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My engine turns over very slowly and if it does not catch in the first seconds it won't but   when it catches it runs with perfect spark all the way around. Later when  the engine warms up it will not turn over unless I charge the battery first, then it will catch. Is it a starter problem? the engine has been rebuilt earlier but never run much. Any help. Battery is a 625 cca



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Sounds like a possible voltage problem, compounded by a tight rebuild.  I'd check the generator and battery condition first.  Might not be charging or holding a charge.  Starter problems are usually with the drive not catching.  I had mine rebuilt by a local shop.  The stock starter also works well on 12 Volts, but that involves other updates and most are reluctant to change. 


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Slow starter test for a 6 volt system

Perform these checks when the engine is cold and the ignition is off with the high tension lead removed from the coil to prevent starting.

(1) Connect your voltmeter across the battery and crank the engine. The meter should read at least 5.5 Volts while cranking and return to at least 6 volts when you stop cranking. If it does not pass this test, slow charge the battery for at least 24 hours to bring it up to full charge and repeat the test. If it does not stay above 5.5 Volts this time, but goes back above 6 volts when you stop, your starter is probably bad. If it does not return to 6 volt or more the battery may be failing. Have it checked on a modern battery tester. If it passes the test, go on to the next test.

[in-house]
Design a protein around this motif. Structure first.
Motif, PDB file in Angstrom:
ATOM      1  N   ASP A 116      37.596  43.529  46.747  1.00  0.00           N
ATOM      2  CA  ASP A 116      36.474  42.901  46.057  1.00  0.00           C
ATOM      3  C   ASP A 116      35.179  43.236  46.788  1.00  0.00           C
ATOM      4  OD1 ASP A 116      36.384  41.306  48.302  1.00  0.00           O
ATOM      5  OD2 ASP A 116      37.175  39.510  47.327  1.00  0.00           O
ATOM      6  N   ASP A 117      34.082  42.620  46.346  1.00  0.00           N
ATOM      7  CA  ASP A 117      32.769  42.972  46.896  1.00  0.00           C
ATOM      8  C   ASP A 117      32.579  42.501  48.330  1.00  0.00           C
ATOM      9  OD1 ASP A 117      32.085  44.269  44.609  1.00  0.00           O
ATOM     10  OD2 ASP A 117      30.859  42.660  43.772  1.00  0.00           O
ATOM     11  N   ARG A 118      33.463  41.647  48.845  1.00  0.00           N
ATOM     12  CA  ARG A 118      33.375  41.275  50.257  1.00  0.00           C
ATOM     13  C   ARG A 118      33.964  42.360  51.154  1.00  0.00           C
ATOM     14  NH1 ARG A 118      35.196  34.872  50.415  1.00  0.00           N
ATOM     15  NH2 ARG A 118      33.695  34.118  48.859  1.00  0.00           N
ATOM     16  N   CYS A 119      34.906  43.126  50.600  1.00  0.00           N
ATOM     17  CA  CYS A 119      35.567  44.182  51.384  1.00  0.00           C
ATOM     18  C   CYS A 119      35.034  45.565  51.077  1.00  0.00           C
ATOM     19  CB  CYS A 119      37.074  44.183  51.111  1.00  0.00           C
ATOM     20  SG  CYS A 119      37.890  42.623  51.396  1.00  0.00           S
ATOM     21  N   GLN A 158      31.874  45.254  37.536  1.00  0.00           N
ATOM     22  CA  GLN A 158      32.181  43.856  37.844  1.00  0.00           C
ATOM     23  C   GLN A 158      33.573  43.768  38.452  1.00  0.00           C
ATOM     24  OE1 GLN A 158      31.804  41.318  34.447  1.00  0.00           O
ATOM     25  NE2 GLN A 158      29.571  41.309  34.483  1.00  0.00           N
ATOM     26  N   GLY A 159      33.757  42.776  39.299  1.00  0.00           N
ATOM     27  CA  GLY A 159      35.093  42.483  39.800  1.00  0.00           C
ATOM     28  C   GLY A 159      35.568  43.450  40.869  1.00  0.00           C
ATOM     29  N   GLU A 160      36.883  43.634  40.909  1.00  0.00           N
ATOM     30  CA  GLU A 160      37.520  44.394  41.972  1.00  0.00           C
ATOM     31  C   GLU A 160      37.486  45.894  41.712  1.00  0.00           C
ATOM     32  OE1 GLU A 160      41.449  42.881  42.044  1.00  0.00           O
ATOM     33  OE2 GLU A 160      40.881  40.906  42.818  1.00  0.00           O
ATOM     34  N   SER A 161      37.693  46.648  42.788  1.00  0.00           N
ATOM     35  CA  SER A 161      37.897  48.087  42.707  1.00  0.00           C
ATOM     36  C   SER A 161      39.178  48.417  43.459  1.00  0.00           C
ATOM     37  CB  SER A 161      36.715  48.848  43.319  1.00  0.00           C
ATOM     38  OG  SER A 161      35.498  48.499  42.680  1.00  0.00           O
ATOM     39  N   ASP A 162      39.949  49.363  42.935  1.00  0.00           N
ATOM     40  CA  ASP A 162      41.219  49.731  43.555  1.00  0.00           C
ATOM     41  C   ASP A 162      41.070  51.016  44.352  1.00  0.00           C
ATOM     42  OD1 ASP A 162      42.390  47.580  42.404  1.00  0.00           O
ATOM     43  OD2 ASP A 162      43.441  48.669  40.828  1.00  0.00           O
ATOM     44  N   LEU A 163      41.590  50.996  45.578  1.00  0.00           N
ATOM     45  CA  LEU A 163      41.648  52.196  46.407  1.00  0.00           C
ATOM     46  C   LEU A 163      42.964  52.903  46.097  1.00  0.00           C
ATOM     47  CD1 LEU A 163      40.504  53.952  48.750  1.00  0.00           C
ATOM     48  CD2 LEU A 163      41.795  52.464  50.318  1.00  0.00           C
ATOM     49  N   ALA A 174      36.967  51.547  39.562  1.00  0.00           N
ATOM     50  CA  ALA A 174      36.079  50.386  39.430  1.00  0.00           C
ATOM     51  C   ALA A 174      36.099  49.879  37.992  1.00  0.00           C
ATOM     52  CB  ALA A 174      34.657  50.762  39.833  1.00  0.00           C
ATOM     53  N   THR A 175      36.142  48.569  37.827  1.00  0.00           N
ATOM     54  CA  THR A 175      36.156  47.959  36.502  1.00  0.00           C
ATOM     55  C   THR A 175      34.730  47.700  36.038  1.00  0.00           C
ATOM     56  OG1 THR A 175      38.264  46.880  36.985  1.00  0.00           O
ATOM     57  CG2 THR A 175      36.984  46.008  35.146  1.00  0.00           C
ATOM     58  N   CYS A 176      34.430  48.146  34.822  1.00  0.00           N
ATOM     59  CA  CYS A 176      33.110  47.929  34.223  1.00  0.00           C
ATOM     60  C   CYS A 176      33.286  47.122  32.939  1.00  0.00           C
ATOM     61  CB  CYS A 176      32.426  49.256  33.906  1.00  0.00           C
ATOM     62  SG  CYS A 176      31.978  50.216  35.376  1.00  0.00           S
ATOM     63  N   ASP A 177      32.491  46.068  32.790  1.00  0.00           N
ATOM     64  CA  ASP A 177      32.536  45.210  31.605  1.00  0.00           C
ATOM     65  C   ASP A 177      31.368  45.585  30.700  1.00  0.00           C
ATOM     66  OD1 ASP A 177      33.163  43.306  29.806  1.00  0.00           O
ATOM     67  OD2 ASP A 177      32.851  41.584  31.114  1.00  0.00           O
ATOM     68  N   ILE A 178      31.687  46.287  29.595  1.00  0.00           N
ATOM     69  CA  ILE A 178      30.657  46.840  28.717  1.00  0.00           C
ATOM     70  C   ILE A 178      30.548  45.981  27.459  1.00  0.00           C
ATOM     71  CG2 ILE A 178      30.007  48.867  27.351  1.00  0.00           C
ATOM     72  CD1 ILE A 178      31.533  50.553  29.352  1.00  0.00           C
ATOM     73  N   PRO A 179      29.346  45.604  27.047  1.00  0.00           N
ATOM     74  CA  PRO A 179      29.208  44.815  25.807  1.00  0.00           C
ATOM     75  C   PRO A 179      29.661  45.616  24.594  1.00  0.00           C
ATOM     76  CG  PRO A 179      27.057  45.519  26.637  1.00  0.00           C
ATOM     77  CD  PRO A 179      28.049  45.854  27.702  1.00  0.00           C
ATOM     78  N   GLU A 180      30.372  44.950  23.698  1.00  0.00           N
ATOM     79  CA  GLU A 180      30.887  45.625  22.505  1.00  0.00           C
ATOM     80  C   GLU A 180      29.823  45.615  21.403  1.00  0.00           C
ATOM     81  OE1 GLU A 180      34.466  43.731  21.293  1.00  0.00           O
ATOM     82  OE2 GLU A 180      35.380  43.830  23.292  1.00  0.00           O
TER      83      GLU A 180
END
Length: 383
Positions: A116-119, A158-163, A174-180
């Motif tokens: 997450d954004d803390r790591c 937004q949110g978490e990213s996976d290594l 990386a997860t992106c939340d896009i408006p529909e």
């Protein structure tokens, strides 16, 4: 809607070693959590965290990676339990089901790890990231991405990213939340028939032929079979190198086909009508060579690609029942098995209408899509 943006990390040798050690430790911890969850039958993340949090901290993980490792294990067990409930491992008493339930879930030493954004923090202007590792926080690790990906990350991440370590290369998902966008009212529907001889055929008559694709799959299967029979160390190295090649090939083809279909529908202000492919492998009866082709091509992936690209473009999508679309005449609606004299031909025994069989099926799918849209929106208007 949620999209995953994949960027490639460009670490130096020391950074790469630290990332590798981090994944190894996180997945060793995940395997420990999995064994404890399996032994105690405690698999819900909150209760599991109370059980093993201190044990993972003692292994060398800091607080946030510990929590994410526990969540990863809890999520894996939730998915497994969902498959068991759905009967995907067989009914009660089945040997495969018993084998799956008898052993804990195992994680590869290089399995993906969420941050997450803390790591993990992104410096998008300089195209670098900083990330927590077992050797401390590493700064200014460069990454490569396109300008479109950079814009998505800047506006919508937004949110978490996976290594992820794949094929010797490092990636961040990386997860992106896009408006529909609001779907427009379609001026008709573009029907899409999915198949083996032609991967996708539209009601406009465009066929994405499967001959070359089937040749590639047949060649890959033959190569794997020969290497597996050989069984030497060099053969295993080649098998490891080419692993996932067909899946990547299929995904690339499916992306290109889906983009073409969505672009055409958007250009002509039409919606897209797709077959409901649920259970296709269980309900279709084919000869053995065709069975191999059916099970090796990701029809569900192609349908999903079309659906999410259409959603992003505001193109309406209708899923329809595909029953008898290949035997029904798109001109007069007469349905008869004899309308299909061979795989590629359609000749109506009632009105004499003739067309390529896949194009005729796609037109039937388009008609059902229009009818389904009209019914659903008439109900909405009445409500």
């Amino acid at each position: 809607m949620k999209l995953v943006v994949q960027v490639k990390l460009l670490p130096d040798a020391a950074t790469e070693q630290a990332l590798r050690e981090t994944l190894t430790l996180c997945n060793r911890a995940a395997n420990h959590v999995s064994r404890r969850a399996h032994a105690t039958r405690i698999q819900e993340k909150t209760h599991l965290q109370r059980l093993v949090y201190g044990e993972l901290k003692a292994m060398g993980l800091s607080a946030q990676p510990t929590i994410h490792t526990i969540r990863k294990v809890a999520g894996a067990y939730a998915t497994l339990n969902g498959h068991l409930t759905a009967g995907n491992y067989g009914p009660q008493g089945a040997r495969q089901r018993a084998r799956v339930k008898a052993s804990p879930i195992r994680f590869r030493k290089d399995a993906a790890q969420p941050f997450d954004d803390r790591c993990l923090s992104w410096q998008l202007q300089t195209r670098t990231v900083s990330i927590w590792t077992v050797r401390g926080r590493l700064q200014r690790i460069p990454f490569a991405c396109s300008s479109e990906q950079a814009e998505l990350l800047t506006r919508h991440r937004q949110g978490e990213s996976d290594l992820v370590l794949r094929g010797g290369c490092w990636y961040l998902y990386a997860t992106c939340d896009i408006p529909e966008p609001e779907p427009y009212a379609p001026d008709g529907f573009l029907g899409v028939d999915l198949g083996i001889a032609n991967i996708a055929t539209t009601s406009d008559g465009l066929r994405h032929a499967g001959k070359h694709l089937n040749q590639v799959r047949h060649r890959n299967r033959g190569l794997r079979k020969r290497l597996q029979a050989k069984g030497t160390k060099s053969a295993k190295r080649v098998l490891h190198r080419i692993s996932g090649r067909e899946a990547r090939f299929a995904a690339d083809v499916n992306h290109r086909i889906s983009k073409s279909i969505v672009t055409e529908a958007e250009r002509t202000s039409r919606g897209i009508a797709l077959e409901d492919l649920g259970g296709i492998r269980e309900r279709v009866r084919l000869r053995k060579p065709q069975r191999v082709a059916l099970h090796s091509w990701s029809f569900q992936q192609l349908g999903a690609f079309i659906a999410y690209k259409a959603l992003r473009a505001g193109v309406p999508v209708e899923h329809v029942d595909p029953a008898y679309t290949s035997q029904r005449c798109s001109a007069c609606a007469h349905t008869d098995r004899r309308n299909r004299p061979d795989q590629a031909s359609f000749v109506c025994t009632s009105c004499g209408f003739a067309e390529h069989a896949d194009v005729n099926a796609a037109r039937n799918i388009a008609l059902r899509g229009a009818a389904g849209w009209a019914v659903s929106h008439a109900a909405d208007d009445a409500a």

(2) Connect the voltmeter com or black lead to the NEG post of the battery and the red or + lead to the starter terminal and crank the engine. The meter should show 0.3 Volts or less. A higher reading means excessive resistance in the starting circuit. To find the resistance, move the + or red lead to the other end of the starter cable and repeat the test looking for a reading of 0.2 Volts or less. The battery side of the solenoid should read 0.1 V or less. If any of these readings are high, replace the cable or solenoid and repeat the test. When this test is successful go to step 3.

(3) Connect the red or + lead of the meter to the POS cable of the battery and the COM or black lead to the case of the starter (a through bolt will work) and crank the engine. The meter should read 0.1 or less. If it reads more you have a high grounding resistance.  This can be at one of the ground cable connections or where the starter mounts to the oil pan. Both the face of the oil pan mounting surface and the starter end plate should be clean with no paint.

(4) If you complete these tests and no problems were found, the starter is probably bad.


Using 12 volt battery cables will cause high resistance in the starter circuit.

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Thanks Tom and Abe, checked the battery at the shop and it showed good,  I asked them to try it twice more and every time it showed less capacity and finally bad. I replaced the battery and still the same so after Toms test I reckoned it was the starter. I replaced it and now all is well and she starts like a new car and even after she has warmed up.

Next step is trying it down the street to see how it shifts and sounds. If all is well back to the body. It was such a disappointment I was ready to sell it. 

Again Thanks

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